What are these eurocentric assumptions? What is colonial about a sarabande from a bach cello suite? Or imperialistic in a mozart piano concerto?

        • Marfisa says:

          Che? “A sarabande is a dance that originated in Central America back in the sixteenth century. It became popular in the Spanish colonies before making its way to Europe. At first, it was regarded as being rather scandalous, even being banned in Spain for its obscenity. Baroque composers, such as Handel, adopted the sarabande as one of the movements for the suites they were writing at the time.”

          (Though its origins may, instead, be Arabic, in which case it crossed the Atlantic twice.)

          You did ask. A good example of a Eurocentric assumption is that the sarabande is a European dance-form. And is there not a Turkish march in a Mozart piano concerto? Might that not reflect imperialist attitudes, between one empire and another?

          • Che? says:

            Dear Marfisa, I meant musically, the psychological substance of the music, how is that affected by the geographical origin of a name? Do you think a single sarabande Bach wrote has anything material to do with central america, or any gigue with England, any corrente with Italy? Etc. Even limit this simply to Bach – what can any colonial study tell us about listening to his music, not as political agents, but as mortal men and women, who could have been born anywhere, any time? Could not these studies be motivated by a lack of interest in essential humanity itself? Or even a personal lack of humanity? Is that not a poverty as profound in cause, as any colonial atrocity was in effect? An invisible poverty, the kind that convinced jesus to speak in parables, a talent I lack.

          • Marfisa says:

            Che?, I do appreciate and agree in part with your thoughtful reply. I just think we can do both at once – immerse ourselves in the pure music, and take an interest in the cultural and social milieu in which it was produced. (And yes, I think it not unlikely that Bach was intellectually aware of the diverse national origins of dance music – as his contemporary Telemann certainly was – and that means there is no harm in us also thinking about it [though whether the Central American zarabanda was in his mind is dubious!].)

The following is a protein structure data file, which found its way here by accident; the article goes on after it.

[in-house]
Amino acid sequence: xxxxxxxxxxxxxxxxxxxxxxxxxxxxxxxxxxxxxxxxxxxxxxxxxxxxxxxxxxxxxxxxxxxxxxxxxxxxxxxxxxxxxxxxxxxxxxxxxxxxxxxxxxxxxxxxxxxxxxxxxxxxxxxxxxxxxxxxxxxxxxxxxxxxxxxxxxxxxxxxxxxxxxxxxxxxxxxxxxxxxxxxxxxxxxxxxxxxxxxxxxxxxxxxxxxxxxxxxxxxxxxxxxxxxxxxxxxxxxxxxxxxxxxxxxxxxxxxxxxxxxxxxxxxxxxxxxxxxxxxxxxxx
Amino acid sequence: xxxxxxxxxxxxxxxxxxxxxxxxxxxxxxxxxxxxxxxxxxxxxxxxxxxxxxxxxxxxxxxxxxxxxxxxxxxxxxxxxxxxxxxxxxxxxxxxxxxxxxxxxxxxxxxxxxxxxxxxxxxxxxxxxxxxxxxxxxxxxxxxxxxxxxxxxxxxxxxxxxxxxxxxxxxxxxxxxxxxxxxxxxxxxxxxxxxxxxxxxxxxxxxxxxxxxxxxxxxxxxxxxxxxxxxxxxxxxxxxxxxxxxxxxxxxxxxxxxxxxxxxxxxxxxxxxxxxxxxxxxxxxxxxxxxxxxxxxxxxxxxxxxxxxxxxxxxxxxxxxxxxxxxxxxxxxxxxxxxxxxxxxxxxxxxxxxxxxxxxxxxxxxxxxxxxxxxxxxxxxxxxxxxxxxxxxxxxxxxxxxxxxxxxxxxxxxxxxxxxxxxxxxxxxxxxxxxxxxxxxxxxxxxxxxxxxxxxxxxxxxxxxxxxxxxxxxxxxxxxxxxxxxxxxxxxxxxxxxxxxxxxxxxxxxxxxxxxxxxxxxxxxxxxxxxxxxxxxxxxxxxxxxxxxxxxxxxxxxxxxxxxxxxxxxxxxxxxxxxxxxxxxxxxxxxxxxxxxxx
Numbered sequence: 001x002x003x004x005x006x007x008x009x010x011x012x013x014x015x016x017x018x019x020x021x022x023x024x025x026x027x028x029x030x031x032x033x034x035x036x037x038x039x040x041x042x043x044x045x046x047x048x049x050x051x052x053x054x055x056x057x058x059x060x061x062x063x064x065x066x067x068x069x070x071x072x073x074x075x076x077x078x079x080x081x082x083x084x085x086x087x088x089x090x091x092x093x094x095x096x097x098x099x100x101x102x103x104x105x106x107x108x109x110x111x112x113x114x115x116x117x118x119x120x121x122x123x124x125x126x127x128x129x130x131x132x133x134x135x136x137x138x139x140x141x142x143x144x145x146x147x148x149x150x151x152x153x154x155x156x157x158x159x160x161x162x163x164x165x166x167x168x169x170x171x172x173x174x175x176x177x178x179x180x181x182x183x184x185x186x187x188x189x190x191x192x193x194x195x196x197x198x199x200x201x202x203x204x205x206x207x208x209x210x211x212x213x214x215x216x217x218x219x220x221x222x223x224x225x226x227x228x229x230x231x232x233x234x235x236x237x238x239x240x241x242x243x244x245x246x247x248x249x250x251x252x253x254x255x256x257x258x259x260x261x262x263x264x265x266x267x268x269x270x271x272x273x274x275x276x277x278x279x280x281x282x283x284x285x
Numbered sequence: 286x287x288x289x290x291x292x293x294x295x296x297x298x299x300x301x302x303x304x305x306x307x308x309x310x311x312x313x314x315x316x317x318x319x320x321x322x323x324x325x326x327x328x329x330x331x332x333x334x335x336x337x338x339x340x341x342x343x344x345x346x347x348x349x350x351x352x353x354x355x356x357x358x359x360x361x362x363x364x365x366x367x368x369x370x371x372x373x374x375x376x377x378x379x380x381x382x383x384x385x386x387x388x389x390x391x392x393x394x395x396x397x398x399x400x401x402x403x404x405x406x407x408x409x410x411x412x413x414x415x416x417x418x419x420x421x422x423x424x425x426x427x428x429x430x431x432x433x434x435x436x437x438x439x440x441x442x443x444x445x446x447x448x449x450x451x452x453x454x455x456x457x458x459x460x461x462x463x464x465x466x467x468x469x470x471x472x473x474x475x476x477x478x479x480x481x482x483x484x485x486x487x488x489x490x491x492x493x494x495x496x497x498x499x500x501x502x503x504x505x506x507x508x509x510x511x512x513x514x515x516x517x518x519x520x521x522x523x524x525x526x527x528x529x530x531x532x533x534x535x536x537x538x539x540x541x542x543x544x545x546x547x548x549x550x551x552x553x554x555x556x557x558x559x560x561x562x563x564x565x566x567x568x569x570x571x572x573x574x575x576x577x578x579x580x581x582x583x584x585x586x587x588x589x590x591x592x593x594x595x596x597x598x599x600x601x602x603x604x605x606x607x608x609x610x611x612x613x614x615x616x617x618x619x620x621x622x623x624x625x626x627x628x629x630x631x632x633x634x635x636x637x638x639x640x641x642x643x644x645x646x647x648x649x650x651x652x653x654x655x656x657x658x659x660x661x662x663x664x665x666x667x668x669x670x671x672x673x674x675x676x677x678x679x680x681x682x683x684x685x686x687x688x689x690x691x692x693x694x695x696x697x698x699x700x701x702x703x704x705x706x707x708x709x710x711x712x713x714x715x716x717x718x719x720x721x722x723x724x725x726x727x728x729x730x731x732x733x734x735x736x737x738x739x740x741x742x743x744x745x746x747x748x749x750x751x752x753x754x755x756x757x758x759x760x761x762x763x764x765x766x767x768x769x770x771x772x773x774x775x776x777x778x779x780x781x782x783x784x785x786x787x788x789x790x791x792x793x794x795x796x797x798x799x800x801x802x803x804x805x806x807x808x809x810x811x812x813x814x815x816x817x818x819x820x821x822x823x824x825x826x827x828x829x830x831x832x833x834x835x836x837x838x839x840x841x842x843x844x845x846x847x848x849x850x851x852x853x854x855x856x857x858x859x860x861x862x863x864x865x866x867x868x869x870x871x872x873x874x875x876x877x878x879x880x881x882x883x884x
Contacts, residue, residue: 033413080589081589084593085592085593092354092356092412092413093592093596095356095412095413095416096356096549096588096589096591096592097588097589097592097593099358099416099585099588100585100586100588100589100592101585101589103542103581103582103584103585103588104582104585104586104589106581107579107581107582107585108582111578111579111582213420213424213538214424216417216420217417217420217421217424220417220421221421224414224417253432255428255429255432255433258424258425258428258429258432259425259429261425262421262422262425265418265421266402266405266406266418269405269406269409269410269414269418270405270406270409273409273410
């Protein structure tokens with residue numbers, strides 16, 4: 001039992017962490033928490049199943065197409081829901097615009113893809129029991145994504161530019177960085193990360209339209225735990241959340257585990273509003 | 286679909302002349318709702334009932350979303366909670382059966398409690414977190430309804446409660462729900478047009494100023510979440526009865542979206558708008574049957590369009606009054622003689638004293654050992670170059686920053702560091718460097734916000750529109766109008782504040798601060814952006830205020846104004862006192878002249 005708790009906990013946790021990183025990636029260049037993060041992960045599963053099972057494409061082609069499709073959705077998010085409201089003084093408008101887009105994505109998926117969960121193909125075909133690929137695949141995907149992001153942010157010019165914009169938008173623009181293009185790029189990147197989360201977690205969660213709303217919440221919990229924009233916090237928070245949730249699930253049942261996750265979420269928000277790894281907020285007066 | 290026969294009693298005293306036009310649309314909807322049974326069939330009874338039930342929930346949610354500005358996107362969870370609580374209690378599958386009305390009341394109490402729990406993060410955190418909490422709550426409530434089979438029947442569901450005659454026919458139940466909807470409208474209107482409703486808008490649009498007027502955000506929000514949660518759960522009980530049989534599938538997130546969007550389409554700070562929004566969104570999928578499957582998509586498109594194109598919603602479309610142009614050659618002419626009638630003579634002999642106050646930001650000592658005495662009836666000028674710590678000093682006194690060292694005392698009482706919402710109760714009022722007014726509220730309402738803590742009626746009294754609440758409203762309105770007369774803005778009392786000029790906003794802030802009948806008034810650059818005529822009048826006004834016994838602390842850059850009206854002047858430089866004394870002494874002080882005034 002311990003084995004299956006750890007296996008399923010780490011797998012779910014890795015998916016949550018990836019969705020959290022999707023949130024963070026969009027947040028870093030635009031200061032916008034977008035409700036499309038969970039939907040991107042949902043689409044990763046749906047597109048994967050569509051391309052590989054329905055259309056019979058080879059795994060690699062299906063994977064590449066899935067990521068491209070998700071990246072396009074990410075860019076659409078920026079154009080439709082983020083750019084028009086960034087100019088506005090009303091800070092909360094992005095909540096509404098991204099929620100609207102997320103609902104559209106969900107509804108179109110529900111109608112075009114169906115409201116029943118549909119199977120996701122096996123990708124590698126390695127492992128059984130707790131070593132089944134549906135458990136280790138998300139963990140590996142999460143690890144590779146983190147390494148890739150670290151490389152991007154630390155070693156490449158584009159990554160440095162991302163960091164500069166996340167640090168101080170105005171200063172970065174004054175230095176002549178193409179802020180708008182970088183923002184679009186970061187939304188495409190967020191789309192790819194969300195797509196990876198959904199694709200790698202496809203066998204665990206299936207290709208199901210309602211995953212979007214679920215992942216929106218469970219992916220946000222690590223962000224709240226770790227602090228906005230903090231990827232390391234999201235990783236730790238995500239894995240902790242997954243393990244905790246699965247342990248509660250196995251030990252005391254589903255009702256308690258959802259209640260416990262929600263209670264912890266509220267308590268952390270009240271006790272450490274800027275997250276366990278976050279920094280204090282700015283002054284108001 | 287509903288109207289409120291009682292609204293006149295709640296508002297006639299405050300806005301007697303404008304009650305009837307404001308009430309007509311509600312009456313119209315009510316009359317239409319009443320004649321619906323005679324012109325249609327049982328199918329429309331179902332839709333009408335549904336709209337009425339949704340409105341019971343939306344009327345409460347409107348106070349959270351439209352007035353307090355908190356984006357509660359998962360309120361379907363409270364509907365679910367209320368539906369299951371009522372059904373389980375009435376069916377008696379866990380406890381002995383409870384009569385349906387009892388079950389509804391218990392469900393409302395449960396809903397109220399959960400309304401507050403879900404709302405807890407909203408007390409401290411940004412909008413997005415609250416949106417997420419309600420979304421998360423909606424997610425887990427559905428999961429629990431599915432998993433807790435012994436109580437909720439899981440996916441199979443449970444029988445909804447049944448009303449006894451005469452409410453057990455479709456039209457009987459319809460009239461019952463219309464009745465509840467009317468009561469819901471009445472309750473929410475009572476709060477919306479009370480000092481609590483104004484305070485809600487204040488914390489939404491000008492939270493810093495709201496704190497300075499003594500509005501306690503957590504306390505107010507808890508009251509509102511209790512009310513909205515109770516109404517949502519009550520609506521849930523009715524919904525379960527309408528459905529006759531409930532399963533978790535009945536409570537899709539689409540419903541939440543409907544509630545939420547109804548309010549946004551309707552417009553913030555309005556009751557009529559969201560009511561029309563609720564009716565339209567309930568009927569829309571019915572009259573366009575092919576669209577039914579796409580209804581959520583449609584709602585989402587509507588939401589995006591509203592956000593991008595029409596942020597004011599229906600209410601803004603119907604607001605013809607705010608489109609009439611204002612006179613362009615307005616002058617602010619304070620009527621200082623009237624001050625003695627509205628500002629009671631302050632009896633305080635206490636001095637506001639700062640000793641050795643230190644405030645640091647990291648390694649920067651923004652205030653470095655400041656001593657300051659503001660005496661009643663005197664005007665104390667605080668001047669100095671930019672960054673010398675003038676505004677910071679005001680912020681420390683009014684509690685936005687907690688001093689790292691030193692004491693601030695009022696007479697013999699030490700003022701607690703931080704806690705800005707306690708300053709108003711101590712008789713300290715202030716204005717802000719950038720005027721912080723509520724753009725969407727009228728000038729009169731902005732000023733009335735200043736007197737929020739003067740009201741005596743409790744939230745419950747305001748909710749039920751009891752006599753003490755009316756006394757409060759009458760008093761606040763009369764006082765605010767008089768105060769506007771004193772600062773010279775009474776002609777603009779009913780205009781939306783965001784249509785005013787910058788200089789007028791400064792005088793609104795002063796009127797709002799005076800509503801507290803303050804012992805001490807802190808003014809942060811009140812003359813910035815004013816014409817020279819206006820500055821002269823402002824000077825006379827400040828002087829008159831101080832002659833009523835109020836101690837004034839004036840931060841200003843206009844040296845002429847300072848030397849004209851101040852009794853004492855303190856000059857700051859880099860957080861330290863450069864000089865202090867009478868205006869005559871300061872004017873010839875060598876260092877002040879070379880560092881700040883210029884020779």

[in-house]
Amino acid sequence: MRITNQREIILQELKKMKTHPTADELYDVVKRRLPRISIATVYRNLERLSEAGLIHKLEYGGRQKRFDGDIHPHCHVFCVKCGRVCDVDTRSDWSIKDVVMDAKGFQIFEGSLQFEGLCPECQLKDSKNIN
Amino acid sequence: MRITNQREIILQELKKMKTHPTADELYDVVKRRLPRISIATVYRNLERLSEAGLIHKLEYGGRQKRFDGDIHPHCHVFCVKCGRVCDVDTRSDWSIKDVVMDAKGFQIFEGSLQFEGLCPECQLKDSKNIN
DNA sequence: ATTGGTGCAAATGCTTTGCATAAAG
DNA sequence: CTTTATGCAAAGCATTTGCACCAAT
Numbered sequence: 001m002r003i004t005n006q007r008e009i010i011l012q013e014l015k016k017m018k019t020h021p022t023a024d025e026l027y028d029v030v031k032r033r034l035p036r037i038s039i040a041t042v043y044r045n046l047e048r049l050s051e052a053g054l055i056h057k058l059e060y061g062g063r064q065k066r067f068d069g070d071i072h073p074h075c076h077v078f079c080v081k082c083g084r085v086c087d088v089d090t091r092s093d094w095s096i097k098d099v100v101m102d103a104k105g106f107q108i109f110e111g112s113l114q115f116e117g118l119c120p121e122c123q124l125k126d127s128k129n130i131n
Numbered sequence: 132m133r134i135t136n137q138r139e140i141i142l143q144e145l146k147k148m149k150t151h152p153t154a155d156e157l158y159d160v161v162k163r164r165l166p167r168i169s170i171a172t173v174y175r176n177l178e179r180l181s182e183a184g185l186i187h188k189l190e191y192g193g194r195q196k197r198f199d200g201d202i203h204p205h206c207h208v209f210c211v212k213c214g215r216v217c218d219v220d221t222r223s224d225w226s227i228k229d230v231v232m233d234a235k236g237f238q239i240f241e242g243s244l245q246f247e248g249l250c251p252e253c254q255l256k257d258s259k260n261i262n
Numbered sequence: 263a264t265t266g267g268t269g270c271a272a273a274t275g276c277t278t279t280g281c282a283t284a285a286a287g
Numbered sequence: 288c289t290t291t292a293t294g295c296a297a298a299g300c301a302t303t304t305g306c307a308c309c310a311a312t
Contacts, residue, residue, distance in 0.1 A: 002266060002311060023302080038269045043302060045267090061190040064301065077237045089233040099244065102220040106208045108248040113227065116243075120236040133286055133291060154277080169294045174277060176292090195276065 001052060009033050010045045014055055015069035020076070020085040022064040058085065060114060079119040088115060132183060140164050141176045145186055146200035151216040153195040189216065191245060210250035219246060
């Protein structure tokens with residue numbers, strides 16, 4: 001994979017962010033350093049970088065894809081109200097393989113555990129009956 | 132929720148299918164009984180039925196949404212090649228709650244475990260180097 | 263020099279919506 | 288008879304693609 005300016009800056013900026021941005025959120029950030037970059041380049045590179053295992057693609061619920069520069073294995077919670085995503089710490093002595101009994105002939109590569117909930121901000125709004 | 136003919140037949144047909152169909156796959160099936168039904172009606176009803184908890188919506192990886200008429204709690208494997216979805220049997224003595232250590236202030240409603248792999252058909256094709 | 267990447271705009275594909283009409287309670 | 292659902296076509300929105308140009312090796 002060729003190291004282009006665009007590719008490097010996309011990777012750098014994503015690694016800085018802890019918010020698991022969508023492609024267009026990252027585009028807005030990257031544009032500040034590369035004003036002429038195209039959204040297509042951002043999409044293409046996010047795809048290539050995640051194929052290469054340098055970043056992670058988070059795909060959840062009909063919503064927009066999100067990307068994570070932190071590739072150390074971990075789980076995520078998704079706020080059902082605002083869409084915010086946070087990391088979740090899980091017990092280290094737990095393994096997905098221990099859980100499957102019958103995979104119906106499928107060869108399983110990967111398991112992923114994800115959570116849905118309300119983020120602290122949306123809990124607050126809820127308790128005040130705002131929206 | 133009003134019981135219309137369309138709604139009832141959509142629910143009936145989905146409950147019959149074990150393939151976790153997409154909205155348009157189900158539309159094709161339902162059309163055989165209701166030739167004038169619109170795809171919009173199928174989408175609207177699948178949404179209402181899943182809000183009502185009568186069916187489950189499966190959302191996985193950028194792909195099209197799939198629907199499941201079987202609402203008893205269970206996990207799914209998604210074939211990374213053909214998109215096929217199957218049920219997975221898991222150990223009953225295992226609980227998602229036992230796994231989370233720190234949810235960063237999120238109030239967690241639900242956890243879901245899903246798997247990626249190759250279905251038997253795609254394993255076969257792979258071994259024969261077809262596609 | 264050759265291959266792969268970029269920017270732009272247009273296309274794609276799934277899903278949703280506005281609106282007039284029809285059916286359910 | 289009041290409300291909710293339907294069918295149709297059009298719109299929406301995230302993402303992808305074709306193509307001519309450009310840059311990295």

• Che? says:

            Marfisa, I agree we should be interested in cultural and social history, as well as the music taken by itself. I don’t believe however that they should be considered equally. It is like mistaking the clothes for the person, however interesting or awful the clothes are. This seems to be part of a larger value judgement in modern humanities which takes the collective as more fundamental than the individual, although the controversy is at least as old as Plato & Aristotle. I would say art is strongly on the side of the individual, it seems the incredible ability of music to make this experience a social event – hence it is exposed to its own kinds of shallowness, the history of opera, nationalism, most current music etc. the majority (of music & of humanity) has to be taken with a very ample pinch of salt, but modern academics strive to treat everything equally, as if science or democracy made that ideological stance obvious, whereas as it seems fundamentally trivial to me.

          • Eric B Rasmusen says:

            There we have a testable theory: that European empires liked music from other empires, e.g. the Ottoman Empire. But the sarabande seems to go contrary to the theory. Was it from the Aztec empire, or jsut from Panama? If from Panama, it was not imperialistic music, yet the European empires liked it. What other music did they like? Gypsy music, which is not imperial; but not Chinese music, which was. I conclude that they just liked music that was fun to dance to.

          • Che? says:

            Alas, monsieur Eric, what if, unknowingly, the very thing we call – fun – is itself only one more artifact of a systemic imperialistic patriarchal white supremacist nightmare contaminating all spheres and modes of experience? Thank saint Foucault, and the other martyrs of Paris, for bequeathing to us the weapons of subversion, (I’m thinking particularly of the very powerful tool that is environmental-gender-neutral-para-psychological-hermeneutic-applied-topology), and blesséd be deconstruction – to stand some chance of surviving this priapic penitentiary we call the West. Be vigilant.

      • Liam Allan-Dalgleish says:

        Yes, you are wrong. The so-called Austrian-Hungarian Empire was so enmeshed with the Holy Roman Empire as to be at times one general concept. The German is hardly more than a joke set up by people who late in the empire game decided they wanted a piece of the action fir their physically compromised “Emperor.” And of course there is the American Empire, not to mention the Empire State, much resented by the little ol’ Garden State.